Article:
Having spent a few years in the direction doldrums (theatre and films), unsure even as to whether he had chosen an appropriate, 'dignified' career, he moved on to acting and is now known for his memorable roles in films like Dil Chahta Hai, Corporate, Monsoon Wedding and Bheja Fry. With additional career moves such as writing and production, he is now termed - 'Jack of All Trades'.
Now, the shabby looking actor (that's how he described himself to each of the interviewers over the phone) talks about his latest film Siddharth where he plays a prisoner. The actor also gave some bizarre insights to some 'not-so-bizarre' questions in an interview which happened in a bizarre looking ambience which looked more like a prison anyway (and that again is what Rajat thought of). Over to the man of few but fiery words. Here are excerpts from the interview:
What satisfies you as an actor with so much versatility in you?
I don't know really. The feeling of having done a good job satisfies me. When you look back at a film and say, "Oh God, this looks fake. This doesn't look real enough to what I wanted to show". For things like that, I wish I could go back in time and re-do it but I can't. So, a film where by and large, we don't get that feeling that it's fake when we watch it, I think that is what is satisfactory for you as an actor.
How different is Siddharth the writer from Rajat the writer?
Not very different. Quite close I should say. I somewhat identify with that guy in the film because he is also as shabby as I am. The external appearance is quite close to me and internally he is as passionate and intense as I am when I write. He is also a believer, something I associate myself with.
What type of a writer are you in real life and what inspires you to write?
I only write film scripts. I need a hook to get into a script. Like I had a hook in Raghu Romeo, I had a hook in Mithya. The beginning of any story has to be very strong and that's when you get hooked initially. Then there is no stopping you to get inspiration.
You're doing acting, direction, production, scripting and theatre. Don't you think you've got your feet in too many holes?
I would say 'too many' if I couldn't do it. If I can do all the roles then I don't think there is a problem. I hope I am doing justice in what I am doing. But it's not that I am doing this continuously all the time. The last play I did was eight years back. I am now doing a play. So it's not that I am doing theatre, running to my shoot, scripting a film, it doesn't work like that for me. I try to phase them. Theatre gives me as much joy as cinema does. So I don't want to abandon either of them.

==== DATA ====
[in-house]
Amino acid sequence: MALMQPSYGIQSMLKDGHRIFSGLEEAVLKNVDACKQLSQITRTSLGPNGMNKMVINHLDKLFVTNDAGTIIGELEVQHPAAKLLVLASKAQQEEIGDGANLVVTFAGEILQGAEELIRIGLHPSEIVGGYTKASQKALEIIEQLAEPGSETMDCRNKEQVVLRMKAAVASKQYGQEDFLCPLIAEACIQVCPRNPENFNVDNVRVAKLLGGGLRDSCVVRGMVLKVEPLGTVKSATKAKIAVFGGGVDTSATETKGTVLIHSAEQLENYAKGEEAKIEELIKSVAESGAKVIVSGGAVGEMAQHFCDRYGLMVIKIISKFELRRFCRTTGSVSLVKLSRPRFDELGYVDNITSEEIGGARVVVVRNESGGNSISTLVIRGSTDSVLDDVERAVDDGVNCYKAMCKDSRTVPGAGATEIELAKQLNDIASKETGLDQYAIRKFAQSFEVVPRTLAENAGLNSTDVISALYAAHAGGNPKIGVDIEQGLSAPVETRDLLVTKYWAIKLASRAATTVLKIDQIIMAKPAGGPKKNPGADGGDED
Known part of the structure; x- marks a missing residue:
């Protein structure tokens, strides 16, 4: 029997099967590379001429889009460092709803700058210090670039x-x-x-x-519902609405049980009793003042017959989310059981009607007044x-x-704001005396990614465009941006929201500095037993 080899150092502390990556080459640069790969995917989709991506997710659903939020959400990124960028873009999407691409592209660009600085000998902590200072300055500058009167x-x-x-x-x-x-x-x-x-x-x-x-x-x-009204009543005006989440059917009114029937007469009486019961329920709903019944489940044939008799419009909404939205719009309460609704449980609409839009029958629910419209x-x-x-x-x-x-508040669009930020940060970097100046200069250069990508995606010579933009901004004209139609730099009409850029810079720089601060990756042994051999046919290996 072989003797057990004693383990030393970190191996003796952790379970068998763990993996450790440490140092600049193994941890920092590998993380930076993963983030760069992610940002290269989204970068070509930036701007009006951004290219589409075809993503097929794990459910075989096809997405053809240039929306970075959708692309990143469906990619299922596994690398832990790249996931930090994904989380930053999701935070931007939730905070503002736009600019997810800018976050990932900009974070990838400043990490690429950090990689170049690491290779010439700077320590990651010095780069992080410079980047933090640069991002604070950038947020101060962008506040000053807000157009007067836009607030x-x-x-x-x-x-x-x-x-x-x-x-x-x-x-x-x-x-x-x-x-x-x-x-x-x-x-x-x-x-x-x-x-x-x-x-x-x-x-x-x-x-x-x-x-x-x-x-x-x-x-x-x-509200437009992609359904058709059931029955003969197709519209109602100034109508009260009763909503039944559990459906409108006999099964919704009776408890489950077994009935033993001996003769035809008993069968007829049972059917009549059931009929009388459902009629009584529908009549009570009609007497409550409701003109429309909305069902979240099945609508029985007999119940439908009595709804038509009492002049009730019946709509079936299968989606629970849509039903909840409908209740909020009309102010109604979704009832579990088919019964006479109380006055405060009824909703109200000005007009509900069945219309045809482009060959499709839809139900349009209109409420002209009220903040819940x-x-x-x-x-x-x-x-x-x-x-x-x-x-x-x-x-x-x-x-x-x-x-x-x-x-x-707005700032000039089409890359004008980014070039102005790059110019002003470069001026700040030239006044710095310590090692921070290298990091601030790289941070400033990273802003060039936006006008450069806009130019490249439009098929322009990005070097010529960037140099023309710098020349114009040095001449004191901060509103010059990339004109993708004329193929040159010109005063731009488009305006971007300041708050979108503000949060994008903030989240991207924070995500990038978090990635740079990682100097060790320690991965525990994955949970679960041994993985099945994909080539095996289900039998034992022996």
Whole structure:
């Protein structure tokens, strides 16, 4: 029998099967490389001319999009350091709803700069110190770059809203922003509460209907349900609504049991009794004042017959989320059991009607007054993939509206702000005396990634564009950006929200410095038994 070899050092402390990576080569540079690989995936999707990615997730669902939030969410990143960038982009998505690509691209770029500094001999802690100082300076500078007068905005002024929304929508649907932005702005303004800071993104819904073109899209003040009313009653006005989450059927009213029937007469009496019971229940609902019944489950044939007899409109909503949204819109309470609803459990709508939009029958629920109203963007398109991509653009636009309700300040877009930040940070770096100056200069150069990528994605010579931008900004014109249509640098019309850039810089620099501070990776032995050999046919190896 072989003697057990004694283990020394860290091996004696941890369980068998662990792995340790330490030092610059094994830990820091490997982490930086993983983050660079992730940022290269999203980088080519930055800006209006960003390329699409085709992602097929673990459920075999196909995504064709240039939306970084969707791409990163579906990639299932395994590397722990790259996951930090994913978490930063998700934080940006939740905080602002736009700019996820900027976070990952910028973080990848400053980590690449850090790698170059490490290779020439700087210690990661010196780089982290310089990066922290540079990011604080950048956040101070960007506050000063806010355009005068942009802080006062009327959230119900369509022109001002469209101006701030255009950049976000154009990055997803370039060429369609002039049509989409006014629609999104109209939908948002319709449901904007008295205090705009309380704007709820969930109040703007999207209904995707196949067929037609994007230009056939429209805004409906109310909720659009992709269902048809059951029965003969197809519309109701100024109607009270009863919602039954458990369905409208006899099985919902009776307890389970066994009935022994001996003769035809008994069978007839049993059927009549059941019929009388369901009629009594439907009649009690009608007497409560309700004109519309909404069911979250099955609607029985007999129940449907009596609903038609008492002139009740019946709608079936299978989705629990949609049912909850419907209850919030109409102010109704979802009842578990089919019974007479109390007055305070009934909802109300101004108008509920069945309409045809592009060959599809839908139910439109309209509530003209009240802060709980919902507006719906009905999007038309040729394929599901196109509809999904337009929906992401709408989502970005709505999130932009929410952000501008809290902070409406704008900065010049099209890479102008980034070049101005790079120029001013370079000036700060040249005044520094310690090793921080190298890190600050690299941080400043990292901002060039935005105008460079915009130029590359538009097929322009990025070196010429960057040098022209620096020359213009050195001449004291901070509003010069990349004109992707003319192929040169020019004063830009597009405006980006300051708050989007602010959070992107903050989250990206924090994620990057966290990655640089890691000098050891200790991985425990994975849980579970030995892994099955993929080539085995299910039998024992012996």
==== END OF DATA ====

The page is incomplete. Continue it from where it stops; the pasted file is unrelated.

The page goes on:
How was Pryas Gupta's story able to convince you as an actor?
It wasn't the story of Siddharth which convinced me. It was Pryas Gupta. It was the passion that he had, the vision that he had. It's quite an abstract film as you may or may not know. It wasn't a fabulous script but the kind of film he had in mind that made it interesting.
The film explores the renunciation as a true path to enlightenment and freedom. Is the film exploring the psyche of each individual?
These are ideas which are conveyed through the overall film. It's not about how will I play a character of a prisoner who is enlightened. When you're playing, you're playing a scene. Your effort is to be as truthful to that scene and situation. And it is the director's job to see that his ideas come through with the whole film.
How did the debutant Sachin Nayak stand up to you as your co-star?
He is very good in the film and so are all the other actors. I think if the casting of any film is done correctly, then half your battle is won anyway. Sachin is a good find and now-a-days, we do have actors like Purab Kohli, Abhay Deol, etc who are doing good yet different stuff which pleases the eye sometimes.
How careful do you have to be to articulate your point of view as an artist to your director?
Why do you have to be careful? As an artiste, you don't have to be careful to articulate your point of view. You have to be yourself and your view point comes across to whomsoever it may concern. If you become careful, you are not an artiste.
What do you want the audiences to take back with them after watching Siddharth?
That they saw a good film. I don't exactly know how to answer this. You don't take anything from watching a film. When you listen to music, you take the feeling of joy and fulfilment. You don't learn anything when you see a film, or watch a painting or listen to music. I think art is a representation of beauty. So what do you take from a beauty? I guess, just the enjoyment of it.
Off late, we haven't seen you in many commercial flicks. Do you intend to stay away from Bollywood?
Yes, I intend to stay away from Bollywood because I am not a part of Bollywood filmmaking. I am not Bollywood at all. I am quite happy existing on the margins and living my life on the edge and to be able to make films that I want to make.
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